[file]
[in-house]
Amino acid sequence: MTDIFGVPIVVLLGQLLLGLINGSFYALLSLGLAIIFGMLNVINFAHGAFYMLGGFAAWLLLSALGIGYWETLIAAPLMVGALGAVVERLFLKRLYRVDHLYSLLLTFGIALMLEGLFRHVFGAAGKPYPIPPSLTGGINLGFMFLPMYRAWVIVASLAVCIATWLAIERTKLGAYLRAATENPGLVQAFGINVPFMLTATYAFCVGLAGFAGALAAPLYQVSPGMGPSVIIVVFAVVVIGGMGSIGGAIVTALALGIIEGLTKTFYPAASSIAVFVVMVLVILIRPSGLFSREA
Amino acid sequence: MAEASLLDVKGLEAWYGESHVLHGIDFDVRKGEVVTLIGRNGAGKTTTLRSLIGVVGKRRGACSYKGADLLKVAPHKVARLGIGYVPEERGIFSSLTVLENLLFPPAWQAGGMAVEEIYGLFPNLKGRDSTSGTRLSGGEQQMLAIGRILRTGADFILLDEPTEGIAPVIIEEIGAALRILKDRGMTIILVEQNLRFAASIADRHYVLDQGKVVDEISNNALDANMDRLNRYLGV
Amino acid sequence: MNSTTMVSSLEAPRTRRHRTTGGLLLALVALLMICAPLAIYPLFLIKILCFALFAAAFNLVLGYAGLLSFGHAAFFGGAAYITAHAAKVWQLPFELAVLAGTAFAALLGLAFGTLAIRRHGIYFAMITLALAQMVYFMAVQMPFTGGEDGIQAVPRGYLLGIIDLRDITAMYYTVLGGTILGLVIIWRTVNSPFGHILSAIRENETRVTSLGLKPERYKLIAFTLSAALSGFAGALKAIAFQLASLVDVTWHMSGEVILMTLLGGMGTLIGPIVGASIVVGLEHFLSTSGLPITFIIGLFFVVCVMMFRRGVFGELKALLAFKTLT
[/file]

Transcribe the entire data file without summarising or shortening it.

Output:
[in-house]
Amino acid sequence: MTDIFGVPIVVLLGQLLLGLINGSFYALLSLGLAIIFGMLNVINFAHGAFYMLGGFAAWLLLSALGIGYWETLIAAPLMVGALGAVVERLFLKRLYRVDHLYSLLLTFGIALMLEGLFRHVFGAAGKPYPIPPSLTGGINLGFMFLPMYRAWVIVASLAVCIATWLAIERTKLGAYLRAATENPGLVQAFGINVPFMLTATYAFCVGLAGFAGALAAPLYQVSPGMGPSVIIVVFAVVVIGGMGSIGGAIVTALALGIIEGLTKTFYPAASSIAVFVVMVLVILIRPSGLFSREA
Amino acid sequence: MAEASLLDVKGLEAWYGESHVLHGIDFDVRKGEVVTLIGRNGAGKTTTLRSLIGVVGKRRGACSYKGADLLKVAPHKVARLGIGYVPEERGIFSSLTVLENLLFPPAWQAGGMAVEEIYGLFPNLKGRDSTSGTRLSGGEQQMLAIGRILRTGADFILLDEPTEGIAPVIIEEIGAALRILKDRGMTIILVEQNLRFAASIADRHYVLDQGKVVDEISNNALDANMDRLNRYLGV
Amino acid sequence: MNSTTMVSSLEAPRTRRHRTTGGLLLALVALLMICAPLAIYPLFLIKILCFALFAAAFNLVLGYAGLLSFGHAAFFGGAAYITAHAAKVWQLPFELAVLAGTAFAALLGLAFGTLAIRRHGIYFAMITLALAQMVYFMAVQMPFTGGEDGIQAVPRGYLLGIIDLRDITAMYYTVLGGTILGLVIIWRTVNSPFGHILSAIRENETRVTSLGLKPERYKLIAFTLSAALSGFAGALKAIAFQLASLVDVTWHMSGEVILMTLLGGMGTLIGPIVGASIVVGLEHFLSTSGLPITFIIGLFFVVCVMMFRRGVFGELKALLAFKTLT